CIPA seeks to further the study and public understanding of problems and affairs of the peoples of the United States and other nations of the world through conferences, research, seminars and workshops, publications, and other means. The Council itself was founded in l954 as a nonprofit human rights, education, research and publishing group.
CIPA works to protect and strengthen International Human Rights through grass roots organizing and public education. It also seeks remedies for human rights violations, primarily by exposing the roots of corporate power in the U.S. and worldwide. POCLAD (the Program on Corporations, Law and Democracy), a project of CIPA founded 16 years ago, is in the forefront of this struggle in the U.S. The ICJB (International Coalition for Justice in Bhopal), another project incubated by CIPA, has waged a tri-continental political and legal struggle for the survivors of the world’s worst industrial disaster, against two multi-national corporations between the U.S., India and the UK, for some 24 years.
CIPA co-produced the 2006 People’s Law Tribunal at the World Social Forum in Atlanta, Georgia, the 2004 People’s Law Tribunal at the World Social Forum in Mumbai and the 1999 Seattle/World Trade Organization Global People’s Tribunal on Corporate Crimes Against Humanity, both co-organized by CIPA then executive director, Ward Morehouse. CIPA challenges the international neo-liberal legal anarchy, which allows US-based (and other) multinational corporations to act with impunity and recklessness around the world, through grass roots campaigns and People’s Law Tribunals.
CIPA’s work for the last 20+ years includes challenging the corporate crimes against humanity of Union Carbide and Dow Chemical, the two US-based multinational corporations, in the 1984 chemical spill in Bhopal, India. [This issue is well developed in the 2004 Amnesty International report “Clouds of Injustice” citing Bhopal, India as a case study.] CIPA’s publishing arm, the Apex Press, has published numerous works on the Bhopal case. “The Bhopal Reader,” serves as a guide for activists working on harms perpetrated by corporations. CIPA is the publisher of POCLAD books and works collaboratively with POCLAD, the Program on Corporations, Law and Democracy.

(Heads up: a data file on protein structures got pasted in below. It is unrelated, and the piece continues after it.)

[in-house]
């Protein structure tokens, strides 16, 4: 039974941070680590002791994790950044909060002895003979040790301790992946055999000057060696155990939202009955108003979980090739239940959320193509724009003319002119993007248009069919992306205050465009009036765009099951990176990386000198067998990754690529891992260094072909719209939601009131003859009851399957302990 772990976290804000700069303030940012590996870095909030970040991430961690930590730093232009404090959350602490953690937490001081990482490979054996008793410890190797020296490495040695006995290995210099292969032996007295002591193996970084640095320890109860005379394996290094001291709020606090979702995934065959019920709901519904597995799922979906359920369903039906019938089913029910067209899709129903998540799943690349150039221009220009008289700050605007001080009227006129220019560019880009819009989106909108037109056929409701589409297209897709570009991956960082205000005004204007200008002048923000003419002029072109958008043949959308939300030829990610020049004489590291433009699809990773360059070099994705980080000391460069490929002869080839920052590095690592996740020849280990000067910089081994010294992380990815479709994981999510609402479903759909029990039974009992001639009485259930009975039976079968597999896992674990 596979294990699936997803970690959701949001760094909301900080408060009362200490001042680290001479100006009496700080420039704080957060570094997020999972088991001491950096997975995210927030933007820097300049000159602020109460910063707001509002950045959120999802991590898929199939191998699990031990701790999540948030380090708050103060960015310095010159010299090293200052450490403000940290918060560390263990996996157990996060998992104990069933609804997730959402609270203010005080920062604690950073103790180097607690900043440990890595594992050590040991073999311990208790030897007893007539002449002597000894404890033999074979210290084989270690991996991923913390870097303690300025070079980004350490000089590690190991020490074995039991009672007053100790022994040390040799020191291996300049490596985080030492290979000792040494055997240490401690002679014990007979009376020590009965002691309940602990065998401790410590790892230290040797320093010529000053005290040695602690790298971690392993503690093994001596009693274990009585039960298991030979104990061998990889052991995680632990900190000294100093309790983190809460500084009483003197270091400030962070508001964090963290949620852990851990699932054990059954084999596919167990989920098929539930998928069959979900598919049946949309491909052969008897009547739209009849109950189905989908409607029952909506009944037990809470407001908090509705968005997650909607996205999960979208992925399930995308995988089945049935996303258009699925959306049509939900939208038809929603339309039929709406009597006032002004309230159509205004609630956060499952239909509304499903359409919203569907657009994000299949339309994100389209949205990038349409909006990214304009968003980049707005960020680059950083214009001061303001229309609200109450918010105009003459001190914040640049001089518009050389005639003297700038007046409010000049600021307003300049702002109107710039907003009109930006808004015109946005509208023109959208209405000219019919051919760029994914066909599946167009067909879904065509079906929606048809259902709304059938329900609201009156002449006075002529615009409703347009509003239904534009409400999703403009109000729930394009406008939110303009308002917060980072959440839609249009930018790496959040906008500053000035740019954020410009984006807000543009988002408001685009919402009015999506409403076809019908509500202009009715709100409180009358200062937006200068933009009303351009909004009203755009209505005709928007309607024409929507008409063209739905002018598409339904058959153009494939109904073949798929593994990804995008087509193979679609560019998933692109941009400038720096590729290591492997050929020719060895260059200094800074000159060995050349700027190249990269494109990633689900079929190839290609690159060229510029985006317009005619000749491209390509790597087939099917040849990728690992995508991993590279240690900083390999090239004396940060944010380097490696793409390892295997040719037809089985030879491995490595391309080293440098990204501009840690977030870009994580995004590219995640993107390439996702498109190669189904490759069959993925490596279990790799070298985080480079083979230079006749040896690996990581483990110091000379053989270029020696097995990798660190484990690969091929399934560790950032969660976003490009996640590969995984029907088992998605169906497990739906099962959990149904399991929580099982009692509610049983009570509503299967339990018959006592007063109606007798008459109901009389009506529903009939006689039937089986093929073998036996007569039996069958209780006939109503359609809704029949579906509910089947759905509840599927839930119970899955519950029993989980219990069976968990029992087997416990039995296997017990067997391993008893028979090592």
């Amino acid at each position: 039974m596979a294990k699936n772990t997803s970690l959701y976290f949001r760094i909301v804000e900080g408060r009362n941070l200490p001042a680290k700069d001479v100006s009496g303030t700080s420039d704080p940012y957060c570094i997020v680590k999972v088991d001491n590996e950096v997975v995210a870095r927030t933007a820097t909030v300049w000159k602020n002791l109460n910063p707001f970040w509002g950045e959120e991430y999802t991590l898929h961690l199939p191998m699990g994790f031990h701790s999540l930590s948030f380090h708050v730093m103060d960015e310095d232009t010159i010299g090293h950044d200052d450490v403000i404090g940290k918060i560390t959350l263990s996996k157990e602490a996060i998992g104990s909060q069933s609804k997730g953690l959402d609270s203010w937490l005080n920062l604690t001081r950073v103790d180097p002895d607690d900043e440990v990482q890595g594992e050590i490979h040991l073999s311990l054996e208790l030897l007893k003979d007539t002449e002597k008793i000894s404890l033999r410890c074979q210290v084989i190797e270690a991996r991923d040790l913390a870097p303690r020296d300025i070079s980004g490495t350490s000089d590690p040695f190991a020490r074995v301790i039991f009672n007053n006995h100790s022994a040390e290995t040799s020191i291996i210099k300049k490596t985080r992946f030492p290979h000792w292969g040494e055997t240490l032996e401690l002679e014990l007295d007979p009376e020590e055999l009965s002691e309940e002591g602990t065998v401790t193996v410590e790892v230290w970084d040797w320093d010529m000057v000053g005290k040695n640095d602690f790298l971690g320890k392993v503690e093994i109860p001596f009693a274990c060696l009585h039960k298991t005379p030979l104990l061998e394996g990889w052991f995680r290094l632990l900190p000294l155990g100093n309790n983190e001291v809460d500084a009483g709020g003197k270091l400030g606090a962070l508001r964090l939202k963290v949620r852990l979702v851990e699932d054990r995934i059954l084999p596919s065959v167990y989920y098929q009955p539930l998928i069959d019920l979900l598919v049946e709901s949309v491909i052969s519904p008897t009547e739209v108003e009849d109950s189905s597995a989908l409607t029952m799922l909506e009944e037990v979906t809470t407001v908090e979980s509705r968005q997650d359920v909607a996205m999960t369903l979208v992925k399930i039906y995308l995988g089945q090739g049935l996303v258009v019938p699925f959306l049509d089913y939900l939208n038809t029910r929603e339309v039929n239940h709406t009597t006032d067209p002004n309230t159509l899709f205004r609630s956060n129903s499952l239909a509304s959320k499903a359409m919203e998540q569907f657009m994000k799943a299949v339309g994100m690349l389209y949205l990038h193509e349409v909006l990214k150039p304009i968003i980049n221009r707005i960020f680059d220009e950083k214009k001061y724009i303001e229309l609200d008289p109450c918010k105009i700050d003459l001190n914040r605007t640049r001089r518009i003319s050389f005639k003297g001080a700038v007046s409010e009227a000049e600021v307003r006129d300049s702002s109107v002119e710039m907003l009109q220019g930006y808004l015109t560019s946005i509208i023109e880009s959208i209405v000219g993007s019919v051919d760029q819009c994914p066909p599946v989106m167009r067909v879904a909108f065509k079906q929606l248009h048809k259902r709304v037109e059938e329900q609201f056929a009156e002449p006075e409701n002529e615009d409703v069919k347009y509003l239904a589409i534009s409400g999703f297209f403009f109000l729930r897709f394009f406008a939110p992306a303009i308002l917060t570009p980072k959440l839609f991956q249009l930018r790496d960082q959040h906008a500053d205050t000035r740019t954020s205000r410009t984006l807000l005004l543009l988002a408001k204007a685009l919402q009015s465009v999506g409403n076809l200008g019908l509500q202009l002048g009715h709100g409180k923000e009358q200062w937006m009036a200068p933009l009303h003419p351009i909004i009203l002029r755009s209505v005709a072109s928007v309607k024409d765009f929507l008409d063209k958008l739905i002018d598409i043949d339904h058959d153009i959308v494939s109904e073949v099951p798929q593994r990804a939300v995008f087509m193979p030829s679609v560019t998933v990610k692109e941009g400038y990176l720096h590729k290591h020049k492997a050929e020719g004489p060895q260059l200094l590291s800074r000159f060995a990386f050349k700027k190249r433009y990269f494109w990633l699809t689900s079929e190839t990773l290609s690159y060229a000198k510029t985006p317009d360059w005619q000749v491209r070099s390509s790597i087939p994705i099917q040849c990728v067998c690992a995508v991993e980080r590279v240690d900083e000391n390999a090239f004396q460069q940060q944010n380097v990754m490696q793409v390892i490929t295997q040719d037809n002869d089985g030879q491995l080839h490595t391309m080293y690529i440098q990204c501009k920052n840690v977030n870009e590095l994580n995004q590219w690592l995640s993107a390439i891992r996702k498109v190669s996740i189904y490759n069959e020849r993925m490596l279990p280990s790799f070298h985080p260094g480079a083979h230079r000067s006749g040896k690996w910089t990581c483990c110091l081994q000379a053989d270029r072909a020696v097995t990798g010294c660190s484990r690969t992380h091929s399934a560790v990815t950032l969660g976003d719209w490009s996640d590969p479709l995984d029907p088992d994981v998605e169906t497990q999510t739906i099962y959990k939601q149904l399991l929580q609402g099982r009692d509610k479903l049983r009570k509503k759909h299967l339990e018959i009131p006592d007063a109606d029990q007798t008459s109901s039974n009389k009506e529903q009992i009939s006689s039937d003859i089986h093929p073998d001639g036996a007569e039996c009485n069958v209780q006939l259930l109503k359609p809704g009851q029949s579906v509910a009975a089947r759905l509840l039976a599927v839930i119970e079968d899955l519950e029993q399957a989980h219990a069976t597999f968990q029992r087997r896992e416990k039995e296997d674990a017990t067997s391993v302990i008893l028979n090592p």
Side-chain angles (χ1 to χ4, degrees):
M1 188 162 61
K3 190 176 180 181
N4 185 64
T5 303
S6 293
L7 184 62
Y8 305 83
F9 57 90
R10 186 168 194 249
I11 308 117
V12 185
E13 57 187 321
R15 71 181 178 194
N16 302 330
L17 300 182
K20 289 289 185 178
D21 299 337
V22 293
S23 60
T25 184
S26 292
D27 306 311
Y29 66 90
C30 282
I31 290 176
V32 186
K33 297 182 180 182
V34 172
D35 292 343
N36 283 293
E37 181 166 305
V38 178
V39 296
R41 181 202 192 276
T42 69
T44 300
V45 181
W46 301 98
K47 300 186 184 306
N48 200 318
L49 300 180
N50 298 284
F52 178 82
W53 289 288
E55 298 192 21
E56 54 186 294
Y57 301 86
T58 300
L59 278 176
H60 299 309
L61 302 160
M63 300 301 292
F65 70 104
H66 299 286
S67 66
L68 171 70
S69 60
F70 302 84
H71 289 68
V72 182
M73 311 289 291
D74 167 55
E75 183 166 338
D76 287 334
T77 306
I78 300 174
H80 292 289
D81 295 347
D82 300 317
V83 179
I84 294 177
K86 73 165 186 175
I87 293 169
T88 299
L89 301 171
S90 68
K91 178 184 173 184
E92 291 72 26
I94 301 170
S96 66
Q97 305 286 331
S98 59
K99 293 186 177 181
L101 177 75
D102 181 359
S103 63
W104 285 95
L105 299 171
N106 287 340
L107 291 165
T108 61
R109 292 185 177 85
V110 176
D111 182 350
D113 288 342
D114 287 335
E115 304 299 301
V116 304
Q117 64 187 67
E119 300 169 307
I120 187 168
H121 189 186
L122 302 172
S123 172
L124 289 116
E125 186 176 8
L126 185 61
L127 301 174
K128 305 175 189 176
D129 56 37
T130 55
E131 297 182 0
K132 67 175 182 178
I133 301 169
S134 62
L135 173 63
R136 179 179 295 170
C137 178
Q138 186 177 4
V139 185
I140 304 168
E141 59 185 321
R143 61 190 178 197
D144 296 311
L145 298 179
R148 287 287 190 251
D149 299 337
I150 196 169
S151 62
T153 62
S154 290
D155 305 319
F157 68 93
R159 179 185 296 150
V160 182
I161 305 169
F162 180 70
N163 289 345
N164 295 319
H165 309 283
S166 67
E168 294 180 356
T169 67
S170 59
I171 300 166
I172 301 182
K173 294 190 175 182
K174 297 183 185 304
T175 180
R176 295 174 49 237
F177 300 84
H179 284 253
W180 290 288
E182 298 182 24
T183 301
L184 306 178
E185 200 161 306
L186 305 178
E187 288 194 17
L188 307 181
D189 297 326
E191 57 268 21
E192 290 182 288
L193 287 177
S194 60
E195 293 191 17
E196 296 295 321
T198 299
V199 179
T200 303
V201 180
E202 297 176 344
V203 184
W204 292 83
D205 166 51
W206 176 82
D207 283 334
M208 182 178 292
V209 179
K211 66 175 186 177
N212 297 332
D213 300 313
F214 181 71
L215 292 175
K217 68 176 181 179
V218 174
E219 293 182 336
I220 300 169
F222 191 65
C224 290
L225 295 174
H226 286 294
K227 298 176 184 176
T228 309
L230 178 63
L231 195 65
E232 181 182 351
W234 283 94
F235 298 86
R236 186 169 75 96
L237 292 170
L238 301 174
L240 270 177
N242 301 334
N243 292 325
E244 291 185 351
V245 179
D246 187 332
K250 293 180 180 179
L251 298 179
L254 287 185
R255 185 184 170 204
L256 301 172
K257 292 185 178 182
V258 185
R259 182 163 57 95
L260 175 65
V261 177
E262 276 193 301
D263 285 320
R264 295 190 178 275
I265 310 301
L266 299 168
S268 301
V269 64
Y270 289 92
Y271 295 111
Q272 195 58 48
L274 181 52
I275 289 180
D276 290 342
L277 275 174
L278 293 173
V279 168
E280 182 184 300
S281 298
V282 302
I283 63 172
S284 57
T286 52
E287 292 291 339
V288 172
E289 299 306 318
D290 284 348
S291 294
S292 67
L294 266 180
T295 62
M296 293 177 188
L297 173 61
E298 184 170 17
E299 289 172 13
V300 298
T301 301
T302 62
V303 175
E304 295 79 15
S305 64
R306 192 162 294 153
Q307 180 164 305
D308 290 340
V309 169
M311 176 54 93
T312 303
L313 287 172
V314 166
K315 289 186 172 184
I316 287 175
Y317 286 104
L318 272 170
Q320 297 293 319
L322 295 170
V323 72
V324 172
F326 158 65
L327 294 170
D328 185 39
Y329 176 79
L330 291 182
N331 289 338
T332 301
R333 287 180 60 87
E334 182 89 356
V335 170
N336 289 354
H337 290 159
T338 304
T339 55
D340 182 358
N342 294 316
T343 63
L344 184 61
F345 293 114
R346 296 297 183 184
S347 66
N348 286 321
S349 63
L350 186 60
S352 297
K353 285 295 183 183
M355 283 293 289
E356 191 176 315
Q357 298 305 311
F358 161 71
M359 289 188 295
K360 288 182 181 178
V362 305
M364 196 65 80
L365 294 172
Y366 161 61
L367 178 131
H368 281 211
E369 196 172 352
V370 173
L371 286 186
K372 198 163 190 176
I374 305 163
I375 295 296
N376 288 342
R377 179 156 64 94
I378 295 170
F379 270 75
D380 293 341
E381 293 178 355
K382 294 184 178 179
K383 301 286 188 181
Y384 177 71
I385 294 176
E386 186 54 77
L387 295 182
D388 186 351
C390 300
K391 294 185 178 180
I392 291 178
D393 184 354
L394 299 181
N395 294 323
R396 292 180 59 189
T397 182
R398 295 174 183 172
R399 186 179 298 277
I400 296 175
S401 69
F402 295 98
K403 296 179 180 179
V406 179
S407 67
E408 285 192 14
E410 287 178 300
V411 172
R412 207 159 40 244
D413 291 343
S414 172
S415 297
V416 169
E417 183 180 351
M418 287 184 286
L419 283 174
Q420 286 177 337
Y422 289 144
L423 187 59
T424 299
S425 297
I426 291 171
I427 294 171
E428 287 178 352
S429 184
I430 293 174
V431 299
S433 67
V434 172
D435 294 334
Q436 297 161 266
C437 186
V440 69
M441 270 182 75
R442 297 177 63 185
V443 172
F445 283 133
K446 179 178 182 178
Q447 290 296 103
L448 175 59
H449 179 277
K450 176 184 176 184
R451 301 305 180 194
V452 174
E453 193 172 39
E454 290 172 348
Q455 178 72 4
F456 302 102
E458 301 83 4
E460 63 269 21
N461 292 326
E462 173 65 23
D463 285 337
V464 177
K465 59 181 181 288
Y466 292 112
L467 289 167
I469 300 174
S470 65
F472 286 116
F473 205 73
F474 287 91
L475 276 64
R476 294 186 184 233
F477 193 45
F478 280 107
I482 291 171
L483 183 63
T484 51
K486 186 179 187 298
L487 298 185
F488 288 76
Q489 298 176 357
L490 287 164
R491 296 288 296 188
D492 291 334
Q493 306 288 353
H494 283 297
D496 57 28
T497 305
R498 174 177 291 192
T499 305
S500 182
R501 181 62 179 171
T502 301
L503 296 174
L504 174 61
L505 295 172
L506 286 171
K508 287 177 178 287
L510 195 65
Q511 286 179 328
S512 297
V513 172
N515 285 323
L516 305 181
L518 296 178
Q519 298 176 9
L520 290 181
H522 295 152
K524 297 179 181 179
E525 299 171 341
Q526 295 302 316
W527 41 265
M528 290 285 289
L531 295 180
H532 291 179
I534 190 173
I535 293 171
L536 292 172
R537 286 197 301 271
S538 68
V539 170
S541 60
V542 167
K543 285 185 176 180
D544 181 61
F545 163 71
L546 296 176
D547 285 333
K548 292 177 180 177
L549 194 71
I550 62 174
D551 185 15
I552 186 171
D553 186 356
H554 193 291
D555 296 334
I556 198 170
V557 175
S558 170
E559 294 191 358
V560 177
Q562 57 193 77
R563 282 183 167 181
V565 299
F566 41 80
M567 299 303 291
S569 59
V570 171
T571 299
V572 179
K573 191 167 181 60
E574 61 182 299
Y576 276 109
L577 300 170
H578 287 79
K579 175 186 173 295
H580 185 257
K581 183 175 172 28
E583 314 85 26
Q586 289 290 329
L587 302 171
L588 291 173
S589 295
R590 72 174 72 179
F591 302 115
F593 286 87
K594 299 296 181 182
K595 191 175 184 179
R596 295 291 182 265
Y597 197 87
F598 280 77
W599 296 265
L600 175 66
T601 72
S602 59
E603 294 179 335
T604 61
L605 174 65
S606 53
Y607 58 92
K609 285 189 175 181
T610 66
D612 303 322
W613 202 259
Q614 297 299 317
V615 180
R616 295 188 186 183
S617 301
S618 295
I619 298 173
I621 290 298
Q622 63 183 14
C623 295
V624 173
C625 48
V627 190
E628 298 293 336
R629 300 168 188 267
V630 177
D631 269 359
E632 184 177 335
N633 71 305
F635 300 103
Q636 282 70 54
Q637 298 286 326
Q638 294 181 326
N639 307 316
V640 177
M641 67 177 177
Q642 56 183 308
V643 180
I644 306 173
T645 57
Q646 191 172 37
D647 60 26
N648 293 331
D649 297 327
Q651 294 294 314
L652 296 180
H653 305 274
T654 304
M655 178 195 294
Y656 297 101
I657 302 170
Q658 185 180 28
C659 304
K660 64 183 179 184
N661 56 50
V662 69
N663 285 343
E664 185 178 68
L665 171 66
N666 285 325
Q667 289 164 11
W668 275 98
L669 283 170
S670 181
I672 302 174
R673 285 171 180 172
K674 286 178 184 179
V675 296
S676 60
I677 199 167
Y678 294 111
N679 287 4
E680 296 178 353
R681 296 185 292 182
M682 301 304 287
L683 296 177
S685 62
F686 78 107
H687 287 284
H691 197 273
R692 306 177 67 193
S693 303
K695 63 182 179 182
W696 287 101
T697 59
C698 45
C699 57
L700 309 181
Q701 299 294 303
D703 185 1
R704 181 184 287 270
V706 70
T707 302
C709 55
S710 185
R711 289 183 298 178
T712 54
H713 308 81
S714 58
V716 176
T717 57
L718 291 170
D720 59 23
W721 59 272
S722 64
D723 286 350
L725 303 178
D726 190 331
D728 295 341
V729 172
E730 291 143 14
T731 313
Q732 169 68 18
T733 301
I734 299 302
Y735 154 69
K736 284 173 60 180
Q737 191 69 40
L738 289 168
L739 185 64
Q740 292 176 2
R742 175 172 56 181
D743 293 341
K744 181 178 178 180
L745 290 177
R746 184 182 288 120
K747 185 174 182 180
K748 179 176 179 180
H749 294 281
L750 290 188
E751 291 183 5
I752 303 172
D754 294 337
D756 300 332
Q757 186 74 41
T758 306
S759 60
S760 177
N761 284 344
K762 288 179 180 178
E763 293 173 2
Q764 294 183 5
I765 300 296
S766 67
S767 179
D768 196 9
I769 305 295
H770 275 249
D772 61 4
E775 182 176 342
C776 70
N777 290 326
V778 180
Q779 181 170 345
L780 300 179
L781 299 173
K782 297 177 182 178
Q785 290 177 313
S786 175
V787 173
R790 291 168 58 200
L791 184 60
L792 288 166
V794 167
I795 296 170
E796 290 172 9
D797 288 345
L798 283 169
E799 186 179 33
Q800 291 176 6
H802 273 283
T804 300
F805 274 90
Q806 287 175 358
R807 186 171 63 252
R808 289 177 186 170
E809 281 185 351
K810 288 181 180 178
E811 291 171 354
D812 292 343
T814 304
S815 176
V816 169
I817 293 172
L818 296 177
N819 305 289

CIPA holds meetings at the annual National Lawyers Guild conventions of its Corporations Committee, sometimes jointly with the NLG Environmental Committee, to propose People’s Law programs to address Ungovernable International Corporation and the Crimes Against Humanity and Environmental Justice that result from that, as established in an Amnesty International Case Study in 2004. *
CIPA helped organize a series of Tribunals around the Charter on Industrial Hazards and Human Rights, a People’s law document, that has been endorsed by worker rights organizations as standards for worker and community protections. [The 1976 Algiers Universal Declaration of the Rights of People's, articulates the rights of "peoples" going beyond the United Nation's focus on the individual to recognizing the rights of "communities" and empowering communities to resist corporate colonization. Most People’s Tribunals have adopted this recognition of communities’ collective rights since its formulation.]